You’re going along on an even keel and something comes over you like a stabbing knife to the heart. You lose you breath, fall to the ground (or the closest chair), and the tears just flow. There is no way to stop the pain. Do you know the feeling?
From the time Jack was diagnosed until now my days and nights have been filled with those waves. The fear of losing him has been overwhelming these last few years. Then the last few weeks of his life was the calm before the storm because my only focus was on helping him. There was little time to think about my pain… I just wanted to prevent his pain. Then when he died the waves turned into a tsunami and there was nothing I could do. I was consumed with my grief… and of course who wouldn’t be.
I’d like to say the worst is over and to a certain degree that is true. I can go through my day to day life and from outward appearances I’m doing pretty good. Even I think I’m doing better than I thought I would be. The truth is life goes on and we have to.
Yet in the moments of silence, walking into an empty house, driving or sitting alone in the bedroom we shared, a sneaker wave will crash down on my head and I curl up in a ball and just cry. (OK I don’t do that when I’m driving…)
There is no fighting these strong emotions when they hit us. Resisting them in an effort to “buck up” and be strong does nothing but cause them to build up and back up. And that just makes the next time that much worse. Let them flow. Let the waves crash over you and if you don’t resist them they will move off and dissipate. I’ve tried resisting and I’ve not resisted. This is the time when doing nothing is better than doing anything. Let it happen.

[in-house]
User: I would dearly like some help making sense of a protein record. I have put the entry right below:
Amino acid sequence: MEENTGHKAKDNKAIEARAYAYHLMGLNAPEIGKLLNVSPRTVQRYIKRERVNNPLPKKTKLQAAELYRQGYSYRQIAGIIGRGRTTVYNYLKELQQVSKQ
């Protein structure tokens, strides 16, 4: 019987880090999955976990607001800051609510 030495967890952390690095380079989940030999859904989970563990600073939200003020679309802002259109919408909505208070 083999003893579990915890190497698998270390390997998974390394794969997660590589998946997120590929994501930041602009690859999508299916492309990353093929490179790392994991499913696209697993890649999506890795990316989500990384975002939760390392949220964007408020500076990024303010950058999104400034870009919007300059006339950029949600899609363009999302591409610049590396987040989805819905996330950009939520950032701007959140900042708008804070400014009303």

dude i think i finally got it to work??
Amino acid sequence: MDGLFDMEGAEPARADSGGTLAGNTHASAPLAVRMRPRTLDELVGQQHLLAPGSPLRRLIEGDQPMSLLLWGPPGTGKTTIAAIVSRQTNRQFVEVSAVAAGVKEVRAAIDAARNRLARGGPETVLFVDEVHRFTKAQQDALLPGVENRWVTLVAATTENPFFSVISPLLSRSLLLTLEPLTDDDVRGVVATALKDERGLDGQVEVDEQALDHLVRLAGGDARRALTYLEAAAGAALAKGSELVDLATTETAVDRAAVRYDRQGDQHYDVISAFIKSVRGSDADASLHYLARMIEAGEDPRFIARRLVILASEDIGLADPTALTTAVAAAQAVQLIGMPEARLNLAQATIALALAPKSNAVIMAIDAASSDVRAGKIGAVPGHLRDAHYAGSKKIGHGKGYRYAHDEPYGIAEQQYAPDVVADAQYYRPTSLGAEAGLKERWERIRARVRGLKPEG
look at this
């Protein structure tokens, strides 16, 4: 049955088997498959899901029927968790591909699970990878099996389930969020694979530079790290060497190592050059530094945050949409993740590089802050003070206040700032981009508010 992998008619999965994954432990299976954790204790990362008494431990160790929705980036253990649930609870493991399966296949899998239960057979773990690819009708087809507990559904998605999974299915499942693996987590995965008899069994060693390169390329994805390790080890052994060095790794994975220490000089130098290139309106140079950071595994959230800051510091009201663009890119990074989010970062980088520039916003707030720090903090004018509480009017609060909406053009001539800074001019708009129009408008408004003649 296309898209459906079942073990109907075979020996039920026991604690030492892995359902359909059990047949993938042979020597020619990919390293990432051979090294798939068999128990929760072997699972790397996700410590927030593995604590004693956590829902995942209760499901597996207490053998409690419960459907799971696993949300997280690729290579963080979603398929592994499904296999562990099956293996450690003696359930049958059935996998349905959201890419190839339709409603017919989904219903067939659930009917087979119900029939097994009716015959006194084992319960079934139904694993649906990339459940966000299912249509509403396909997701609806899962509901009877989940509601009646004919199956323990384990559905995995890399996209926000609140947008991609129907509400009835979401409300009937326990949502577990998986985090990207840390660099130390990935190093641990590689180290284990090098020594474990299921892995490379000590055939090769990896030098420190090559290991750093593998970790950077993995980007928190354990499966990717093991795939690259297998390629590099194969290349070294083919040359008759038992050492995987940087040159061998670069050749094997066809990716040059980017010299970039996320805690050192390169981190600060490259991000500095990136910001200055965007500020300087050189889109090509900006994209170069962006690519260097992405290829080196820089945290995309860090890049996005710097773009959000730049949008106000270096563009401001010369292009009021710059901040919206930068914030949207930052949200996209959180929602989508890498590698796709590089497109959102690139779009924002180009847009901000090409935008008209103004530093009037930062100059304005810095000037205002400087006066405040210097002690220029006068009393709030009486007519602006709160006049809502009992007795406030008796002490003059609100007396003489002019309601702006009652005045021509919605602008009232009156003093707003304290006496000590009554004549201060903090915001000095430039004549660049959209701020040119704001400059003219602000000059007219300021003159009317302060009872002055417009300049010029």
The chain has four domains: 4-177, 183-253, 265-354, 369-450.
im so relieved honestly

By allowing your true emotions to flow you are honoring yourself. This IS how you feel. Give yourself the chance to heal by letting go of the need to contain your emotions. Nothing is gained by a festering wound. And above all respect yourself by acknowledging what you’re going through is a human experience and you are after all… human.
When you let it all happen and come out the other side of the wave of pain, stop, and acknowledge you did come through it. Take inventory of yourself and realize you’re OK. It from this new place that you’ll come to appreciate your own resilience. Life gave you the worst it has to offer and you’re still standing. Celebrate that! We have to take our success where we can get them right and when you’re on the other side of your worst nightmare give thanks for the dawn.
With love, Cheryl
I commend you for writing your story…and while I didn’t lose the love of my life (haven’t met him apparently yet), I did lose my mother, the glue of our family, I emerged from emotional abuse, breast cancer and starting life over. I know that I’m blessed to have all that I’ve been given and a testimony to share….Keep shining your Light….GBU
Cheryl Maloney says
Hi Vicki, Our losses are so personal and each one changes us in so many ways. I am sorry for the loss of your mother and for all you’ve been through. You’ve been blessed and your lights shines brightly! Much love. Cheryl
Thank you for sharing your wisdom. Your honesty about your experience is courageous, and your insight into grief helps many others. You are loved, Cheryl.
Cheryl Maloney says
You’re welcome Jordan and thank you for always sharing your amazing insights with me. They help me on this journey. Much love, Cheryl